In addition to using precious financial and water resources, overwatering also causes costly damage to the property and surrounding environment. Excess water that cannot be absorbed washes away soil, cutting channels into the ground and damaging hardscape such as sidewalks and roads. Overwatering also sweeps away nutrients, fertilizers and lawn treatment chemicals off of the property, leaving it nutrient-poor and in need of additional treatment. These chemicals then flow into local streams and lakes where they cause algal growth and harms animals. Although plants need water, they can have too much of a good thing: overwatering is one of the leading causes of plant disease, impaired health and decreased productivity, while proper watering encourages deeper roots and healthier plants. Ironically, property owners then invest more and more money to make their plants healthier and soil more nutrient-rich, when simply watering at the right levels would decrease the cost of both water and landscape care.

Causes of Overwatering

pie chartWith the considerable costs of overwatering, one may wonder why the problem persists. Many factors contribute to improper watering, and most properties are plagued by more than one issue. At the root of most overwatering problems, however, is outdated and inadequate technology.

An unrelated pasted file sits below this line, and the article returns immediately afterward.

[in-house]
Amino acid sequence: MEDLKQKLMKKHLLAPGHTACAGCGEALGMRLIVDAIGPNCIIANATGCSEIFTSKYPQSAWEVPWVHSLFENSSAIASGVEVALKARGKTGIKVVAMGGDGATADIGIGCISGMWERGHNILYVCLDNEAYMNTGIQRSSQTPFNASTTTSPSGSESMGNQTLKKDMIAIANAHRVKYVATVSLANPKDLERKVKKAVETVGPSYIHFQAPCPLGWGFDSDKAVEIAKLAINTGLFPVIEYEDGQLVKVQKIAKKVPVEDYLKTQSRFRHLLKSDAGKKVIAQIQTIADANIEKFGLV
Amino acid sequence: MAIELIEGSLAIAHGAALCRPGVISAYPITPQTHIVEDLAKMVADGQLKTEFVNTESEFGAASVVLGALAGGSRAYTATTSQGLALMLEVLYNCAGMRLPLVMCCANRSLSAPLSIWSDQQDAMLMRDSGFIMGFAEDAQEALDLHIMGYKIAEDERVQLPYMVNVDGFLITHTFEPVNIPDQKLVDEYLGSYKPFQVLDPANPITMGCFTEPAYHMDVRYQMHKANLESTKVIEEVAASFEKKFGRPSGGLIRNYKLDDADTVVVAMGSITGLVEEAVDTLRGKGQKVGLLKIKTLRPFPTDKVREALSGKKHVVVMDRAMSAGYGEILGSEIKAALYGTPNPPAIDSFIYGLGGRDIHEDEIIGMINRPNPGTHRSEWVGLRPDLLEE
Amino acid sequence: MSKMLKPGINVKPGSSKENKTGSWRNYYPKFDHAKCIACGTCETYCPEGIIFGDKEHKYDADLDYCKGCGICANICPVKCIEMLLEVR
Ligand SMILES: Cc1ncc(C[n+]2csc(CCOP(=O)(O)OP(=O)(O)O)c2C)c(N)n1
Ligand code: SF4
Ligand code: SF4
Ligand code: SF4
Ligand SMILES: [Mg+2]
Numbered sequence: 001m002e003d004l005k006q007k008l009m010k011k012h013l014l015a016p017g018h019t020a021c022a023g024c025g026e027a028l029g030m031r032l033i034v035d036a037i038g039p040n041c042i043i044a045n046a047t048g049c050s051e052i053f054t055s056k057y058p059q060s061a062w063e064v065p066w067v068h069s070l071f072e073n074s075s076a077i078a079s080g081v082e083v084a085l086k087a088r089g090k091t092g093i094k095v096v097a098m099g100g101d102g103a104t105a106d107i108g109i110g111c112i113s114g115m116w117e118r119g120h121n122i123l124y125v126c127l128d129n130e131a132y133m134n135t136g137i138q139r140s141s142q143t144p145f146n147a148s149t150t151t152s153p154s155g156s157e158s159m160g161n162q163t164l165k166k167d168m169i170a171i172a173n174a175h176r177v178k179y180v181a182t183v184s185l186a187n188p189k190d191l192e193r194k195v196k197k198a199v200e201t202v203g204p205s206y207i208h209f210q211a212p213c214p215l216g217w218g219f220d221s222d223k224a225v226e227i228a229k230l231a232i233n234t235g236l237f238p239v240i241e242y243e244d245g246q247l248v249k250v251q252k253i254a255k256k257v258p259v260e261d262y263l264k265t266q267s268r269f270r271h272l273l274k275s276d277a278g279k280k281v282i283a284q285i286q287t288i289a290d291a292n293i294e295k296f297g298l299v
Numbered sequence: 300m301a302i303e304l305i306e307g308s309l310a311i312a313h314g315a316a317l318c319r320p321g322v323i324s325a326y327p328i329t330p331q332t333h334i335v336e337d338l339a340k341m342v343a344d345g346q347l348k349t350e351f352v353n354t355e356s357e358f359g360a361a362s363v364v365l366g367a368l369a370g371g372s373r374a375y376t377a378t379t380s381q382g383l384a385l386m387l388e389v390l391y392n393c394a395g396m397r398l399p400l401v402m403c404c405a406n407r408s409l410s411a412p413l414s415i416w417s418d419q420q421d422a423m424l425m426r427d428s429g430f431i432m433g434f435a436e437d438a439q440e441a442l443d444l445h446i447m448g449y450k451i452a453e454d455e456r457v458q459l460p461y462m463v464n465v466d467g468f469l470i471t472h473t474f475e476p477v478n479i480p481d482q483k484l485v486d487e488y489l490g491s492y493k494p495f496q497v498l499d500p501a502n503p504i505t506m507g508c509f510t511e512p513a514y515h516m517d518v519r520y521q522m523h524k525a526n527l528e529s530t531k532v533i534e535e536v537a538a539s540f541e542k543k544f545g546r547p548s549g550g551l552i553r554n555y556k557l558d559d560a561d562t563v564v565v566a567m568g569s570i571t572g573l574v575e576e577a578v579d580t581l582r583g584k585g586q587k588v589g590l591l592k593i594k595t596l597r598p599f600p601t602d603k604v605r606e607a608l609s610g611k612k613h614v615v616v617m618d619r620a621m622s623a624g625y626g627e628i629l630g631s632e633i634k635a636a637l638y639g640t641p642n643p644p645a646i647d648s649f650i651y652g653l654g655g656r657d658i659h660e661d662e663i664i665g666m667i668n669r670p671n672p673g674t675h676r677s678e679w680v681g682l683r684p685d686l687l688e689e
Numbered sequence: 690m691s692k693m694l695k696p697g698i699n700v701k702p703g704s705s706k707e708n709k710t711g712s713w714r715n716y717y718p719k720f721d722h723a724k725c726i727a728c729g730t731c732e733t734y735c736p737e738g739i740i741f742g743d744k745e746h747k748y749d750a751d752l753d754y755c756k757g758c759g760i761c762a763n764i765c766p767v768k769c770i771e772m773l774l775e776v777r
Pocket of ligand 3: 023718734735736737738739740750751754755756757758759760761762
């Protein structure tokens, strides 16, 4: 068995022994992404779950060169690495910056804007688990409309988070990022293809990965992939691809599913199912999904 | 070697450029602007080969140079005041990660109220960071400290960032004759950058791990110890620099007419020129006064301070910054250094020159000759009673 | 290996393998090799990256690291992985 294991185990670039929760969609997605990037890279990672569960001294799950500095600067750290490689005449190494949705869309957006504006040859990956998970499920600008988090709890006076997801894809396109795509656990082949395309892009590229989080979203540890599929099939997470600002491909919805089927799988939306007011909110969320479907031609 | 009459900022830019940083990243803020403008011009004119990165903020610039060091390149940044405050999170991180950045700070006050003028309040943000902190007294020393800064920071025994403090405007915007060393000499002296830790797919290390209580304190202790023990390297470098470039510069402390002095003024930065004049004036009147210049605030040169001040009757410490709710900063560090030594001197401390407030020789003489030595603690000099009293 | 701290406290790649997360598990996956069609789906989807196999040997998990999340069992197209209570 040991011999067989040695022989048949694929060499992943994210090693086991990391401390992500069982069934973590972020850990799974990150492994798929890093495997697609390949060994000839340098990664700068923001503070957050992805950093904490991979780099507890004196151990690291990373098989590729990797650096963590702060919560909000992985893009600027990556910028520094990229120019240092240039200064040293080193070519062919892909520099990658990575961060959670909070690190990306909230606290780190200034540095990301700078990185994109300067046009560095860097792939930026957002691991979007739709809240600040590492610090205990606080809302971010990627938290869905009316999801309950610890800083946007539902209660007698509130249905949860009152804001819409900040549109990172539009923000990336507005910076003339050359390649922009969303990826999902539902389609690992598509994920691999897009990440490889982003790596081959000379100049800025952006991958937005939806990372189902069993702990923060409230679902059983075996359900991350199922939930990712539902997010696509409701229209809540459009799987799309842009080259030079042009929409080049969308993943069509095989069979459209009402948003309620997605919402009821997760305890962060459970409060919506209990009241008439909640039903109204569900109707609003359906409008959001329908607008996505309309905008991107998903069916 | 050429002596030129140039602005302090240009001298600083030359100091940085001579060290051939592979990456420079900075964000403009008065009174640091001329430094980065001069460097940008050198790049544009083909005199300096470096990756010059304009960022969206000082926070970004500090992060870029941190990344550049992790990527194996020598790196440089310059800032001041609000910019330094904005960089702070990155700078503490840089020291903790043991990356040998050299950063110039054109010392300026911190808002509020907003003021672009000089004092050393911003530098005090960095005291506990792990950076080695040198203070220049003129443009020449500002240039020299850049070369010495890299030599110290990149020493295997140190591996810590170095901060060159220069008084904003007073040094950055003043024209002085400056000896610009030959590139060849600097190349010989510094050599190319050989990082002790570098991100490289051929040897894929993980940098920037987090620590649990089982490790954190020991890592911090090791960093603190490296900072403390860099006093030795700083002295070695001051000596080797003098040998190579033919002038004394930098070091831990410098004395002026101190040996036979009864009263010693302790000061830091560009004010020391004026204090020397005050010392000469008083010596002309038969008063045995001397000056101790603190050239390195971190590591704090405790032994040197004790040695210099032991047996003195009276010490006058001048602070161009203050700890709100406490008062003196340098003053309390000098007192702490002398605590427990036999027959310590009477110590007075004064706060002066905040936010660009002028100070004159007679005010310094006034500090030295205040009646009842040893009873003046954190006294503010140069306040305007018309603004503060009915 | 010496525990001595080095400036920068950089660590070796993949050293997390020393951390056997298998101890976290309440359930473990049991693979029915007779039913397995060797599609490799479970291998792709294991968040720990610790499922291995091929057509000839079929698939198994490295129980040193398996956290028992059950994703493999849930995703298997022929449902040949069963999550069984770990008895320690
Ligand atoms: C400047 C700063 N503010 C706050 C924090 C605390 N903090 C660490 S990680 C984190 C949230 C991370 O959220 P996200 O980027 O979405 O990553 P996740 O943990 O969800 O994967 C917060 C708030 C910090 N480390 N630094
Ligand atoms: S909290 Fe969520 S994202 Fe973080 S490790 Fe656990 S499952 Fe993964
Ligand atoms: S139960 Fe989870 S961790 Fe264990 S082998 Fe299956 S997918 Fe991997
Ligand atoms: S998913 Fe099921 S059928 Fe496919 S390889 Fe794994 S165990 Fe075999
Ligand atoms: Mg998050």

When introduced, clock-based timers and controls for irrigation systems significantly decreased labor costs. However, cutting out the human component in this way compromised the ability to adapt to changing temperature, precipitation, plant, soil and regulatory conditions. Clock-based timers set sprinklers to water at set times on set days, regardless of changing conditions. This rigid programming leads to the unfortunately ubiquitous sight of a sprinkler freely spraying during, or immediately after, a rain storm, wasting water and money simply because of its insensitive controller. Such daily programs frequently violate watering restrictions, incurring fines for property owners in violation.